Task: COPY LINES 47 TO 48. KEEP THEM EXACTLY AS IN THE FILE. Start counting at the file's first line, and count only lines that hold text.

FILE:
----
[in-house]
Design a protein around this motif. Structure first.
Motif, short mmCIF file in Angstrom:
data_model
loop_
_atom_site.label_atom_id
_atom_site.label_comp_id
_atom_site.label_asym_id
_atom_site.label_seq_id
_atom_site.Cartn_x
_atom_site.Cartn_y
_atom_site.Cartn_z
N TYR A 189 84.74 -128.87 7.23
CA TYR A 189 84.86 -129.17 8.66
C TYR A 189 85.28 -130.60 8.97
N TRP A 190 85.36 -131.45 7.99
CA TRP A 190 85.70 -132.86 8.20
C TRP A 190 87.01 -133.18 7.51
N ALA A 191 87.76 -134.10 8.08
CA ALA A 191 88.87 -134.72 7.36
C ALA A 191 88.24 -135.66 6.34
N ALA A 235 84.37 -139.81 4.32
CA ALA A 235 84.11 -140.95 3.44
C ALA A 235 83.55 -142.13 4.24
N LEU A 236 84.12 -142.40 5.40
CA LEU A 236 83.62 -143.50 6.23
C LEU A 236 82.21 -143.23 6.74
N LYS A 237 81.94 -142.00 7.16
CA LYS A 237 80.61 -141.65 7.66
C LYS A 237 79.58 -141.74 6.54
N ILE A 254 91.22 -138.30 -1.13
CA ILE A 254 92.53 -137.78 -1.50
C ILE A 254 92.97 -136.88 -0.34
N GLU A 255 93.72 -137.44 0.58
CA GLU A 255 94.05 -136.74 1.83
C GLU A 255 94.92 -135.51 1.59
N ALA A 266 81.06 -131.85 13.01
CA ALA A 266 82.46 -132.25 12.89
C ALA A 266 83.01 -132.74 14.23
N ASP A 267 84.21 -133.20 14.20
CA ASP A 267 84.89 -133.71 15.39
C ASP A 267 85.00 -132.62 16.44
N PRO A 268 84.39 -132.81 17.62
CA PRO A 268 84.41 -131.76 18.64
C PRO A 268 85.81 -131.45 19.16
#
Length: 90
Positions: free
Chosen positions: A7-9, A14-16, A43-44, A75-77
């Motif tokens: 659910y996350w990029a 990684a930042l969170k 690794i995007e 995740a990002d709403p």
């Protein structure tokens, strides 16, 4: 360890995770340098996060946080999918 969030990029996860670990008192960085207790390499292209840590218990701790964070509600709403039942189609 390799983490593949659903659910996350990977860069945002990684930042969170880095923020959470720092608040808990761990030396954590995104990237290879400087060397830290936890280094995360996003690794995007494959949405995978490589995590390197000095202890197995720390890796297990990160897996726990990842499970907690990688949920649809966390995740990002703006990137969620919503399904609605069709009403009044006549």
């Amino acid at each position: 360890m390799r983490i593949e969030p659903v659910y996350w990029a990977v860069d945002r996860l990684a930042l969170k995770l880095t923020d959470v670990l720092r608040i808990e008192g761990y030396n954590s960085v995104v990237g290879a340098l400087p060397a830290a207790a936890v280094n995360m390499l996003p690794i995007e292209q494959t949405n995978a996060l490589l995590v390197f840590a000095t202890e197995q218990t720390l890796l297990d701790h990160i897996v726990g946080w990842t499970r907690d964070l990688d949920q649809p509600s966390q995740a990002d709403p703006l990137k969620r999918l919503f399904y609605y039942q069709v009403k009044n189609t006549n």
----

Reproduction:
Length: 90
Positions: free